If you want to ensure that this shedding and grooming process goes as smoothly as possible (and without too much extra work for yourself), there are some steps you should follow:
The longer your husky has to wear its winter coat, the more fur will be produced in preparation for this regular shedding process. It is important to brush your dog every day when it begins to blow its coat, otherwise, you could end up with around an extra cup of fur on your floors and furniture.
On top of that, when the weather warms up outside, it is time for them to get rid of their heavier winter coat anyway. This means that brushing regularly throughout the entire year will maintain a healthy summer coating as well as a healthy winter coat.
Control Their Diet
If you aren’t careful about controlling your dog’s diet during the blowing-their-winter-coat season, they can end up gaining too much weight. This is because extra fur takes up a lot of their energy, causing them to feel more lethargic than usual and often reducing their desire to exercise (which can cause them to eat less).
If you allow your dog to gorge itself on food throughout this period, it will store the excess calories as fat which will contribute even more fluffiness to their newly grown winter coat. However, if you control their diet and keep it consistent with what they had been eating during the winter, there should be very little change in weight or the level of energy they have.
Control Their Energy Level
While Siberian Huskies get a bad reputation of being hyperactive sled dogs that never tire, this isn’t true at all. All dogs, regardless of breed or size, need to get plenty of exercise and companionship in order to be well-behaved pets. However, this is even more important when your husky is blowing its winter coat because it will have an excess amount of energy that needs to be released.
Instead of having constant periods where it gets too excited and runs around the house (which inevitably ends up in destruction), give your husky plenty of opportunities throughout the day for short walks in the fresh air.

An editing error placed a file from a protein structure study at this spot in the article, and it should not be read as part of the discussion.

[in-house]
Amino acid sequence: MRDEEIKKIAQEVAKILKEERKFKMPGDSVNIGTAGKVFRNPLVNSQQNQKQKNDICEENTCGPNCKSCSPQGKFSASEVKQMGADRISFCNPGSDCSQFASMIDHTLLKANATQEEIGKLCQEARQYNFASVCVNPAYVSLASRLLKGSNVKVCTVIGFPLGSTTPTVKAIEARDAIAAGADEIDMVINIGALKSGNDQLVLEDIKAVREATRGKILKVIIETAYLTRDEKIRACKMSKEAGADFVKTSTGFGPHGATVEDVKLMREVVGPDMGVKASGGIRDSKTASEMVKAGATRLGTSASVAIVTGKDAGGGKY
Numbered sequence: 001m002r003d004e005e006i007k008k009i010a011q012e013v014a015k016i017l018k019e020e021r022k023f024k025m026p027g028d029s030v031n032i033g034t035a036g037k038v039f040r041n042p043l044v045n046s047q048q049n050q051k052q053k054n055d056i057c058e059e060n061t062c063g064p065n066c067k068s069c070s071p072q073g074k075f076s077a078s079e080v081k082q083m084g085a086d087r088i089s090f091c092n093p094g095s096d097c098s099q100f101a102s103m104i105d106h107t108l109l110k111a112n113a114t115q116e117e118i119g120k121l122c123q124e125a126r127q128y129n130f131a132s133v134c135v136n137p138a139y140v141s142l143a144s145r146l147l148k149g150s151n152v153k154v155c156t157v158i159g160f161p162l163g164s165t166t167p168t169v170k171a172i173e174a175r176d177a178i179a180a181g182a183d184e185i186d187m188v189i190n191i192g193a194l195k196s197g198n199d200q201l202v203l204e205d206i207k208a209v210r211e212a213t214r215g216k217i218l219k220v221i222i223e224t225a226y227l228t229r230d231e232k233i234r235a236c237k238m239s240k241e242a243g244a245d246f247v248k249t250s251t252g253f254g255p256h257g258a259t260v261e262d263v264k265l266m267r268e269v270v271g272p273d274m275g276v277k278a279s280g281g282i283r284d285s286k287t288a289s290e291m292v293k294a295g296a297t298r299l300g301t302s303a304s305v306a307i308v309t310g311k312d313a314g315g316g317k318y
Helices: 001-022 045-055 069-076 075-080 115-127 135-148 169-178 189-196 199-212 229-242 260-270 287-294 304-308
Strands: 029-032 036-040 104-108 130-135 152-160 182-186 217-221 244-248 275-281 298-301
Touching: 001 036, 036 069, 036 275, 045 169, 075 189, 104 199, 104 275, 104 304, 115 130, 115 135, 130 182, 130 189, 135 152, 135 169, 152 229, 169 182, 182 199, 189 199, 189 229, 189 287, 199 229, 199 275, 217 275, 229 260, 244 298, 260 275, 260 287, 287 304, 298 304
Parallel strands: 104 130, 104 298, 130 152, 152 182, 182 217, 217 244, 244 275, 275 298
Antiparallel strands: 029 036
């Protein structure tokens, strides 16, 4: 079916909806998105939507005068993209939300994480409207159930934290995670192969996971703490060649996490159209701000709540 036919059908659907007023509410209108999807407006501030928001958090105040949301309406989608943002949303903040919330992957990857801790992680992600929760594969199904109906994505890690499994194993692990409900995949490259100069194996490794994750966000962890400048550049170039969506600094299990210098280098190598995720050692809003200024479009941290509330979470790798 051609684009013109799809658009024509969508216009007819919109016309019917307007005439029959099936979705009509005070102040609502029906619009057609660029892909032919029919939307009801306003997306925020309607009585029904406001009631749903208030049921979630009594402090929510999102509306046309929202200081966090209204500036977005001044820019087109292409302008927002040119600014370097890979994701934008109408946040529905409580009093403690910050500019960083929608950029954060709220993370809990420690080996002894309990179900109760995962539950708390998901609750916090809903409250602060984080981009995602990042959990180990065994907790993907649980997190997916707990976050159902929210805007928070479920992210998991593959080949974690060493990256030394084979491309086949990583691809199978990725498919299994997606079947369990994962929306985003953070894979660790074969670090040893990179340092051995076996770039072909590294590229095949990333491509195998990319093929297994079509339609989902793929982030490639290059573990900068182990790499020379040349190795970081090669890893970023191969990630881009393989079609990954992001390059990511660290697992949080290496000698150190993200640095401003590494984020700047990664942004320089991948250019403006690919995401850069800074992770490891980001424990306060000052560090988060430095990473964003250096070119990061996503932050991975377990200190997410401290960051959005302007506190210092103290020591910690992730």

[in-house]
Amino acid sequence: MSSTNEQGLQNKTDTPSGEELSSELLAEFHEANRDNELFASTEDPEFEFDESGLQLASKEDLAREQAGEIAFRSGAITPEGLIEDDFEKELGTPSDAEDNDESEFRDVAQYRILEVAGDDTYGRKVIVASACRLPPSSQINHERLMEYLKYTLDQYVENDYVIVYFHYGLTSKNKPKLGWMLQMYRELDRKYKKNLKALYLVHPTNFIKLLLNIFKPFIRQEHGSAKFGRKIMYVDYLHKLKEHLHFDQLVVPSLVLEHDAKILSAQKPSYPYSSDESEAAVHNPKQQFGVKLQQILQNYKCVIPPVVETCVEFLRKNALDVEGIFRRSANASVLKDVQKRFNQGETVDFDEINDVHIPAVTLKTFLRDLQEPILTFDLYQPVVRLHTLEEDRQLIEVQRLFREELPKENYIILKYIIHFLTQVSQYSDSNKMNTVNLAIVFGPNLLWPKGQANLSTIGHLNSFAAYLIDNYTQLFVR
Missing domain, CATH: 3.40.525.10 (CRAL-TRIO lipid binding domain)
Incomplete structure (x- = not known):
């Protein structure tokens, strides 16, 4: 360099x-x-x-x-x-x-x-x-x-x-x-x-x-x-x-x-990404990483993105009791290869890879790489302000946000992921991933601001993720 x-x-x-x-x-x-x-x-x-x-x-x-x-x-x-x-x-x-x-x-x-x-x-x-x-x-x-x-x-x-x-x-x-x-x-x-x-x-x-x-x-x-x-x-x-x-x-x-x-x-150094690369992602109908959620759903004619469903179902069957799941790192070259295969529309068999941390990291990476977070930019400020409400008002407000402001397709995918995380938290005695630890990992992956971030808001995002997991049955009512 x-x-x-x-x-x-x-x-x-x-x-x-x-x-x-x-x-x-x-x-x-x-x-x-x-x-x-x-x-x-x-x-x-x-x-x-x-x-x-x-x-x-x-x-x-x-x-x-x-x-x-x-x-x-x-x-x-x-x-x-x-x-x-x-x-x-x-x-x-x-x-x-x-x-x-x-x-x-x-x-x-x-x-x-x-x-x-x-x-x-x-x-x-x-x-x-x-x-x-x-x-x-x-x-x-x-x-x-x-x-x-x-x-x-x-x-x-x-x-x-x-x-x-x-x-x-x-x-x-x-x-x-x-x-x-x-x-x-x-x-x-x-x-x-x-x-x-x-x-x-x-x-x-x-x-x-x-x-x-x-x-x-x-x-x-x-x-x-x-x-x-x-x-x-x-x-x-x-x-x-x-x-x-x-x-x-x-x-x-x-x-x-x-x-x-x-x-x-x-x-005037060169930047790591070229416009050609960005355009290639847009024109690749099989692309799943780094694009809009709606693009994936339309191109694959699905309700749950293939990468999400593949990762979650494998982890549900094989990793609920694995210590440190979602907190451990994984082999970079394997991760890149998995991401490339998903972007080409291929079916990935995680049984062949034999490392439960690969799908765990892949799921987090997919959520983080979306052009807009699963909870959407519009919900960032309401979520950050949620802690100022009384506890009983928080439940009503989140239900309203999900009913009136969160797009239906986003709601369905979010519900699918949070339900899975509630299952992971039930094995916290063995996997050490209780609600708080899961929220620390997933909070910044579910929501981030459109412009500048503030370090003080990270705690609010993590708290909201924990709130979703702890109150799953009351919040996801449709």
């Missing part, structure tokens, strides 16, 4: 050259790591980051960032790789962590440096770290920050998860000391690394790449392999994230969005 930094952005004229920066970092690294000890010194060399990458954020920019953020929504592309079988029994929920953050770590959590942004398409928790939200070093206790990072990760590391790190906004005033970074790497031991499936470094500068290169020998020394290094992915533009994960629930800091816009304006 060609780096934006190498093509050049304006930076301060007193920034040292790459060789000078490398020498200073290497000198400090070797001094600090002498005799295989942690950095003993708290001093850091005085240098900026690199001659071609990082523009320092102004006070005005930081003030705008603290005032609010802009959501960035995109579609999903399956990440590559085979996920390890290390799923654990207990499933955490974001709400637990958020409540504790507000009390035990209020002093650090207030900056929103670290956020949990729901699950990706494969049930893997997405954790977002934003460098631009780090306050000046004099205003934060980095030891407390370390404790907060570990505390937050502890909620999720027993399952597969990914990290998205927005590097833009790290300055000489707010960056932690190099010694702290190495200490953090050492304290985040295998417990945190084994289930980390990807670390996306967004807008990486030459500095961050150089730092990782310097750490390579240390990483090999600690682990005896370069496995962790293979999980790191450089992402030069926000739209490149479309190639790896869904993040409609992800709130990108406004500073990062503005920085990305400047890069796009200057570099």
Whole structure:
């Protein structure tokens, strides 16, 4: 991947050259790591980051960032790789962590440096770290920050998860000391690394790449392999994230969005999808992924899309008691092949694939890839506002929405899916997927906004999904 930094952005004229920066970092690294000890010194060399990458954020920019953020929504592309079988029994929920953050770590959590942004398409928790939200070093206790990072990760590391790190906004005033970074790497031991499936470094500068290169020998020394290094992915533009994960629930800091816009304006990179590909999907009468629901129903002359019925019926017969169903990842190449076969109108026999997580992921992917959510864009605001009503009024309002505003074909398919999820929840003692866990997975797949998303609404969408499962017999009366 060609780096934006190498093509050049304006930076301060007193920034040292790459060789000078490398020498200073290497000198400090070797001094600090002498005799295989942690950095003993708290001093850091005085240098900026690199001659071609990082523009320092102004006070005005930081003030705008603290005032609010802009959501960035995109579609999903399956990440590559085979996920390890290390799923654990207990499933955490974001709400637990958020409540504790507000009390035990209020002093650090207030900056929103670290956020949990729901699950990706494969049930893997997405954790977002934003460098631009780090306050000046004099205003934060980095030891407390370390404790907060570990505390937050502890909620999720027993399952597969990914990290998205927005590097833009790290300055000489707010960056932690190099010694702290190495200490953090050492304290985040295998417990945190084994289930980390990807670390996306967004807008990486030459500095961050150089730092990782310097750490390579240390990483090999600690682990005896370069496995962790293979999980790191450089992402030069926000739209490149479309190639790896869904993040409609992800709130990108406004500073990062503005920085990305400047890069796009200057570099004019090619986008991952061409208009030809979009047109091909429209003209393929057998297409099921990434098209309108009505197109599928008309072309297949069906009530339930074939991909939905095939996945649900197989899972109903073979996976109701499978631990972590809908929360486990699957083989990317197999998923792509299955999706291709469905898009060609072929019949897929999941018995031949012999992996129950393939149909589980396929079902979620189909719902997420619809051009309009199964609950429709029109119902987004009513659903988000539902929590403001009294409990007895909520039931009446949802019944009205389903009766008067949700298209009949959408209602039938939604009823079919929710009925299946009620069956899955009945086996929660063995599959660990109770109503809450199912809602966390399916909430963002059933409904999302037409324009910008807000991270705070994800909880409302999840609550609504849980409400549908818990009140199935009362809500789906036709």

These longer walks aren’t necessary during cold weather months when it would rather stay indoors anyway, but make sure to take them out regularly once it starts getting warmer outside even if only for a few minutes at a time so you can keep their energy level under control.
Make Sure They are Properly Groomed
Although huskies do have a thick double coat that naturally repels dirt, it is important to make sure they are properly groomed if you want to keep their fur from becoming too matted and tangled during the shedding process. If you don’t take the time to brush them regularly or have them professionally groomed at least once or twice a year, your dog’s winter coat will become so knotted together that it becomes difficult for them to remove themselves.
The solution here is simple: pay better attention to your Siberian husky’s grooming routine so it doesn’t reach the point where they can’t self-groom anymore. This means brushing its teeth regularly (at least once per week), getting its claws clipped regularly (at least twice per month), and taking it to the groomers’ for a bath, brush out, nails clips, etc. at least every six weeks or so so you can cut down on how matted its fur becomes.
Teach It Not to Fear the Vacuum
As most Siberian huskies are so fluffy that they look like walking mops when their winter coat blows in, there is always plenty of loose furs that end up on your carpeting and floors. If you don’t want to waste hours of your precious time cleaning this fur up by hand then teach your dog not to fear the vacuum!
This is especially important if you have kids who like to play and crawl on the floor. For example, if you teach your Siberian husky that the vacuum means good things like getting treats or going for a walk then it will learn not to fear it when it turns on. This way, when you go to clean up all of its extra fur from shedding season, you won’t have to spend 20 minutes coaxing it over to the vacuum before using it so both of you can get this task done quickly without too much effort.